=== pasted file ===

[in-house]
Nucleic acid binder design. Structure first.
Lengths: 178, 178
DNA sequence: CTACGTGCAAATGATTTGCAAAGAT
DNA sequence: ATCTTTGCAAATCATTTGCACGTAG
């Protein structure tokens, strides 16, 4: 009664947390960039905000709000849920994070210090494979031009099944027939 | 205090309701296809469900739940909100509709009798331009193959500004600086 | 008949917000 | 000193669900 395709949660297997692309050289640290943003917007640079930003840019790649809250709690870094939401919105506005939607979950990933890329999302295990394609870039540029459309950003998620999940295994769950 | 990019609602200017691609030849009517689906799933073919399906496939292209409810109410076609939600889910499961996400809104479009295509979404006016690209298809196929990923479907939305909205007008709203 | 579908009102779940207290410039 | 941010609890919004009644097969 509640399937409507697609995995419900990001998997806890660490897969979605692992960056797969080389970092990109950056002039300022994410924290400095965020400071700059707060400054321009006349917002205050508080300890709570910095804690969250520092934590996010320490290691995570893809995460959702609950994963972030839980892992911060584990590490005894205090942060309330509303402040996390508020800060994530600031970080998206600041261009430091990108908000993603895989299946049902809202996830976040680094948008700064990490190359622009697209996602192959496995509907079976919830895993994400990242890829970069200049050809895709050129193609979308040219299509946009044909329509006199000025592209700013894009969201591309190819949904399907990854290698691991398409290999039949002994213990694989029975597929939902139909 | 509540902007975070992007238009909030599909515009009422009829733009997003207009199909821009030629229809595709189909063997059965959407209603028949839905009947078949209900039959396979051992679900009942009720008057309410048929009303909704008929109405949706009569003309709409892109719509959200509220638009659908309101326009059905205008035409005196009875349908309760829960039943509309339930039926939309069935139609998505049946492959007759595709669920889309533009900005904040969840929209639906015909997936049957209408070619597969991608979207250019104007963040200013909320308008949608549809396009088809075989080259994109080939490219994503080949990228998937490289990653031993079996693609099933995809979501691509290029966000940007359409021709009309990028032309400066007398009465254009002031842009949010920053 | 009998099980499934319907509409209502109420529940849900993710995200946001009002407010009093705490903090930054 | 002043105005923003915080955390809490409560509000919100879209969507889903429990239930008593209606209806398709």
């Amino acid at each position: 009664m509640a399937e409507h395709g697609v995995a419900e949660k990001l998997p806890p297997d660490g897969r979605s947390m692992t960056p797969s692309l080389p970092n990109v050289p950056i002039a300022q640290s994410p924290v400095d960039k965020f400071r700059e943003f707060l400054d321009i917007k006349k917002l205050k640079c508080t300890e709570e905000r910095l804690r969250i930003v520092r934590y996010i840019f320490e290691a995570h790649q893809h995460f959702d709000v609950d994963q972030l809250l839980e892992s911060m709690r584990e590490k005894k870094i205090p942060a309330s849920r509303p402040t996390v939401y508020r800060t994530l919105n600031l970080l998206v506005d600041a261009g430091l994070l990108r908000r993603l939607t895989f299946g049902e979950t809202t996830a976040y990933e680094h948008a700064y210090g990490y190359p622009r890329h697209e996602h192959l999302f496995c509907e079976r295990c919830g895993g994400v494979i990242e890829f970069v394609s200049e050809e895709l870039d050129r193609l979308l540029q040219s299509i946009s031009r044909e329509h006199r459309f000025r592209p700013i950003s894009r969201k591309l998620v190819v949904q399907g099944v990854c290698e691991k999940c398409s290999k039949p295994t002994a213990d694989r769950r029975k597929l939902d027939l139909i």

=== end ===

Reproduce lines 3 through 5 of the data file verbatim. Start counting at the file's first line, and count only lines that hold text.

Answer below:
Lengths: 178, 178
DNA sequence: CTACGTGCAAATGATTTGCAAAGAT
DNA sequence: ATCTTTGCAAATCATTTGCACGTAG